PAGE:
The coexistence of good and evil is found deeply embedded in every great story. Complex themes are born from this relationship and many can be found scattered in Harper Lee’s novel To Kill a Mockingbird. The novel takes place in the 1930s and it revolves around the Finch siblings, Jem and Scout, as they grow up in the south and start to discover the truth about their society with their father, Atticus Finch, who is a talented lawyer, and the people of Maycomb County. During this era of hate, Atticus is charged with the task of defending Tom Robinson, a black man wrongly accused of rape. As Jem and Scout start to grow up and realize the racism of their community, people like Miss Maudie, Dill, and many others that reside in Maycomb County, encounters many events that start to shape the siblings for better or worse.
In To Kill a Mockingbird, a novel by Harper Lee about a girl named Scout in a time of racism, there were many important traits that the characters represented. In the poem, “If”, by Rudyard Kipling, it talks about many characteristics that are also relevant. Atticus Finch, the father of Scout, was a significant character in the novel. Atticus has many powerful traits that are described in the poem and To Kill a Mockingbird. In both the novel and the poem, “If”, virtue was a trait that Atticus Finch represented.
Often, authors write stories with their characters possessing Christ-like characteristics. Within the books, To Kill a Mockingbird by Harper Lee, and The Chosen, by Chaim Potok, three characters portray these qualities. Both of these books tell about children who experienced many different adventures, and grew up while listening to their parents. To Kill a Mockingbird tells about a young girl named Scout, who experienced a trial of a black man falsely accused of rape. Despite the harsh backlash of the townsfolk, her father, Atticus, became chosen to represent him in court.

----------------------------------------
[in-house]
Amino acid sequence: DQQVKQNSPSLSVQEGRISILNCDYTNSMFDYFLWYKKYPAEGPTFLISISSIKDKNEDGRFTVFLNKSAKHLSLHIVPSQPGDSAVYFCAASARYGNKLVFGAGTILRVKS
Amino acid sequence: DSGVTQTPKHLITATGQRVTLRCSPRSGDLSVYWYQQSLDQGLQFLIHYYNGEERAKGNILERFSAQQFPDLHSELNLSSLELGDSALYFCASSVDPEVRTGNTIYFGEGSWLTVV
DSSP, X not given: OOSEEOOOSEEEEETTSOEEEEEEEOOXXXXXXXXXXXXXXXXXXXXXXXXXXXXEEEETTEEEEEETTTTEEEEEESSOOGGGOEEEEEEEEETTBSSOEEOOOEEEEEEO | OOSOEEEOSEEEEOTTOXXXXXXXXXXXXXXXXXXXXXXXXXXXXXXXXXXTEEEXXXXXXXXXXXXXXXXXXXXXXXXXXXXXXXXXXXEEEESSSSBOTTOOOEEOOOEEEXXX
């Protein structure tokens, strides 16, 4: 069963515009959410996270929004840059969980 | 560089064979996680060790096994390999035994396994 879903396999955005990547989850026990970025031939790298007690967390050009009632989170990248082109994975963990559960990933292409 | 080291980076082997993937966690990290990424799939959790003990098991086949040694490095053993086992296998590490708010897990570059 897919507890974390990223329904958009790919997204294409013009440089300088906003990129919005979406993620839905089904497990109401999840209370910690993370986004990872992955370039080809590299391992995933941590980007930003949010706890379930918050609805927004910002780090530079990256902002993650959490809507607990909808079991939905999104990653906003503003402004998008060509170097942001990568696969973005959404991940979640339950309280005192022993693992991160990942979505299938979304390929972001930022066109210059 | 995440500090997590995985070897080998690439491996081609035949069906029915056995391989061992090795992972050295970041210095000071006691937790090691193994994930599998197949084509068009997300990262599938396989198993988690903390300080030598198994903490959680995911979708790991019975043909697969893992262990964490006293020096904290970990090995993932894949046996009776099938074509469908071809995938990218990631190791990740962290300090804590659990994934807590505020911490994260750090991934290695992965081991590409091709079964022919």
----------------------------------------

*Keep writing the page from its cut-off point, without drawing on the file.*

Mockingbirds In To Kill a Mockingbird by Harper Lee, killing a mockingbird is considered committing a sin. Two men are considered metaphorical or figurative mockingbirds in the fact that they are considerate to others, but have something that puts them at a disadvantage to other people, these two men are Arthur, Boo, Radley and Tom Robinson. Tom Robinson is at a bigger disadvantage because of how he was born, than what happened to him later in life. Tom has the disadvantage of being African American, in a racist town, and having a rubber like left hand, he was crippled on the left side.
"Harper Lee wants to tell us that it takes courage NOT to kill a mockingbird" Essay, January 2018 One might ask oneself why Harper Lee chose a mockingbird, a rather unspectacular and common bird living all around the globe, as the most important symbol in her book "To kill a Mockingbird". The mockingbird is introduced during supper at the Finch 's house when Atticus tells his children that it is a sin to kill a mockingbird. Miss Maudie explains this as follows: "Mockingbirds don’t do one thing except make music for us to enjoy. They don’t eat up people’s gardens, don’t nest in corncribs, they don’t do one thing but sing their hearts out for us.